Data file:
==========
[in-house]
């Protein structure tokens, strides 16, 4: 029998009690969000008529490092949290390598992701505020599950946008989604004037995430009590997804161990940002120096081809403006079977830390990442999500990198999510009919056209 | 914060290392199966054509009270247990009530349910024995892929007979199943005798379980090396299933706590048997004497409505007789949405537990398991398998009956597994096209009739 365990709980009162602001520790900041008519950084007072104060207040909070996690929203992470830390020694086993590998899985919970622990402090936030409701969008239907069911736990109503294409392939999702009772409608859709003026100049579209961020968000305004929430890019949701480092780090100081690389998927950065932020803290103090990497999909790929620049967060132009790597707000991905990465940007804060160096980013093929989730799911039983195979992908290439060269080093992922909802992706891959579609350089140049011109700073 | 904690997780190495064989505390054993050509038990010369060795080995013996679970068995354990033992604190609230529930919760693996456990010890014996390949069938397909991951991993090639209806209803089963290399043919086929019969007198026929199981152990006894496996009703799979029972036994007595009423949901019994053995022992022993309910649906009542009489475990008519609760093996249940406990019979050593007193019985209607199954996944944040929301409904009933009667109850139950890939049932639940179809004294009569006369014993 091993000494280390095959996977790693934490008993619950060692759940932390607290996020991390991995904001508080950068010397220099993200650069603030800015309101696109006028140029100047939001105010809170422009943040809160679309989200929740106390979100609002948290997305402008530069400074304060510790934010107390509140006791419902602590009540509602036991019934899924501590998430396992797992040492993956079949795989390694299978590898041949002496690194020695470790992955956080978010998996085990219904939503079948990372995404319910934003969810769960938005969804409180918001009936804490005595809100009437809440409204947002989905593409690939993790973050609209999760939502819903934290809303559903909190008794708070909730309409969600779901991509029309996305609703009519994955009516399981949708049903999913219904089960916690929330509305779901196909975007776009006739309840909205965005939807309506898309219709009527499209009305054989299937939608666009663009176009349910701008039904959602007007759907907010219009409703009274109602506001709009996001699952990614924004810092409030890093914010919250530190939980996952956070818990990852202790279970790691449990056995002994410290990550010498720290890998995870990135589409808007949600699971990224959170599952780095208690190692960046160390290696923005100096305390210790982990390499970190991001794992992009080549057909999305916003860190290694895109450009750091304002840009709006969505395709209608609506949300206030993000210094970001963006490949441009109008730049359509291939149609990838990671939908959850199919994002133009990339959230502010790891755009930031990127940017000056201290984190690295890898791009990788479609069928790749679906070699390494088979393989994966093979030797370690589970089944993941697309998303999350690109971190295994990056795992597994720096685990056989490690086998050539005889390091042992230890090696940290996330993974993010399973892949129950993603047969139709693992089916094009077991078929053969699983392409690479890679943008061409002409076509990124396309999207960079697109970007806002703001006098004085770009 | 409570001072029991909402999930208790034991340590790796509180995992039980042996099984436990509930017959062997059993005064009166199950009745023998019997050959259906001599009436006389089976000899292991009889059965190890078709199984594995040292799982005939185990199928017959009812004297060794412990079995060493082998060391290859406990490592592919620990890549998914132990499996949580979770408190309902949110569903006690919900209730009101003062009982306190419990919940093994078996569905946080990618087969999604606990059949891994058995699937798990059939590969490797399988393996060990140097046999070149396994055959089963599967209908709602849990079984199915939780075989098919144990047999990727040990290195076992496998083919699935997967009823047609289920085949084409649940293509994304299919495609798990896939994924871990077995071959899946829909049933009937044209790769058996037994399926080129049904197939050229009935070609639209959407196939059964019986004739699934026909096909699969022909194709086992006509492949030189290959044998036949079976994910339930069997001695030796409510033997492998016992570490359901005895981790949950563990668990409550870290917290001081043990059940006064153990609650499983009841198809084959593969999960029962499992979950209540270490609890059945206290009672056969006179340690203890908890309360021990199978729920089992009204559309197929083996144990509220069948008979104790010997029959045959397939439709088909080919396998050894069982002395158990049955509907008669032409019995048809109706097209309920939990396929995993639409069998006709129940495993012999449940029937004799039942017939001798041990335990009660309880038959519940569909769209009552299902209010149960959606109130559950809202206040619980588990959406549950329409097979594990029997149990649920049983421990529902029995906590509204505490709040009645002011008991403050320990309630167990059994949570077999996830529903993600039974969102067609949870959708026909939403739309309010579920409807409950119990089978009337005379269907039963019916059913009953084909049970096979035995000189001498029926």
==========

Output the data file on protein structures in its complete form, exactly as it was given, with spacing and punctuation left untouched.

[in-house]
């Protein structure tokens, strides 16, 4: 029998009690969000008529490092949290390598992701505020599950946008989604004037995430009590997804161990940002120096081809403006079977830390990442999500990198999510009919056209 | 914060290392199966054509009270247990009530349910024995892929007979199943005798379980090396299933706590048997004497409505007789949405537990398991398998009956597994096209009739 365990709980009162602001520790900041008519950084007072104060207040909070996690929203992470830390020694086993590998899985919970622990402090936030409701969008239907069911736990109503294409392939999702009772409608859709003026100049579209961020968000305004929430890019949701480092780090100081690389998927950065932020803290103090990497999909790929620049967060132009790597707000991905990465940007804060160096980013093929989730799911039983195979992908290439060269080093992922909802992706891959579609350089140049011109700073 | 904690997780190495064989505390054993050509038990010369060795080995013996679970068995354990033992604190609230529930919760693996456990010890014996390949069938397909991951991993090639209806209803089963290399043919086929019969007198026929199981152990006894496996009703799979029972036994007595009423949901019994053995022992022993309910649906009542009489475990008519609760093996249940406990019979050593007193019985209607199954996944944040929301409904009933009667109850139950890939049932639940179809004294009569006369014993 091993000494280390095959996977790693934490008993619950060692759940932390607290996020991390991995904001508080950068010397220099993200650069603030800015309101696109006028140029100047939001105010809170422009943040809160679309989200929740106390979100609002948290997305402008530069400074304060510790934010107390509140006791419902602590009540509602036991019934899924501590998430396992797992040492993956079949795989390694299978590898041949002496690194020695470790992955956080978010998996085990219904939503079948990372995404319910934003969810769960938005969804409180918001009936804490005595809100009437809440409204947002989905593409690939993790973050609209999760939502819903934290809303559903909190008794708070909730309409969600779901991509029309996305609703009519994955009516399981949708049903999913219904089960916690929330509305779901196909975007776009006739309840909205965005939807309506898309219709009527499209009305054989299937939608666009663009176009349910701008039904959602007007759907907010219009409703009274109602506001709009996001699952990614924004810092409030890093914010919250530190939980996952956070818990990852202790279970790691449990056995002994410290990550010498720290890998995870990135589409808007949600699971990224959170599952780095208690190692960046160390290696923005100096305390210790982990390499970190991001794992992009080549057909999305916003860190290694895109450009750091304002840009709006969505395709209608609506949300206030993000210094970001963006490949441009109008730049359509291939149609990838990671939908959850199919994002133009990339959230502010790891755009930031990127940017000056201290984190690295890898791009990788479609069928790749679906070699390494088979393989994966093979030797370690589970089944993941697309998303999350690109971190295994990056795992597994720096685990056989490690086998050539005889390091042992230890090696940290996330993974993010399973892949129950993603047969139709693992089916094009077991078929053969699983392409690479890679943008061409002409076509990124396309999207960079697109970007806002703001006098004085770009 | 409570001072029991909402999930208790034991340590790796509180995992039980042996099984436990509930017959062997059993005064009166199950009745023998019997050959259906001599009436006389089976000899292991009889059965190890078709199984594995040292799982005939185990199928017959009812004297060794412990079995060493082998060391290859406990490592592919620990890549998914132990499996949580979770408190309902949110569903006690919900209730009101003062009982306190419990919940093994078996569905946080990618087969999604606990059949891994058995699937798990059939590969490797399988393996060990140097046999070149396994055959089963599967209908709602849990079984199915939780075989098919144990047999990727040990290195076992496998083919699935997967009823047609289920085949084409649940293509994304299919495609798990896939994924871990077995071959899946829909049933009937044209790769058996037994399926080129049904197939050229009935070609639209959407196939059964019986004739699934026909096909699969022909194709086992006509492949030189290959044998036949079976994910339930069997001695030796409510033997492998016992570490359901005895981790949950563990668990409550870290917290001081043990059940006064153990609650499983009841198809084959593969999960029962499992979950209540270490609890059945206290009672056969006179340690203890908890309360021990199978729920089992009204559309197929083996144990509220069948008979104790010997029959045959397939439709088909080919396998050894069982002395158990049955509907008669032409019995048809109706097209309920939990396929995993639409069998006709129940495993012999449940029937004799039942017939001798041990335990009660309880038959519940569909769209009552299902209010149960959606109130559950809202206040619980588990959406549950329409097979594990029997149990649920049983421990529902029995906590509204505490709040009645002011008991403050320990309630167990059994949570077999996830529903993600039974969102067609949870959708026909939403739309309010579920409807409950119990089978009337005379269907039963019916059913009953084909049970096979035995000189001498029926």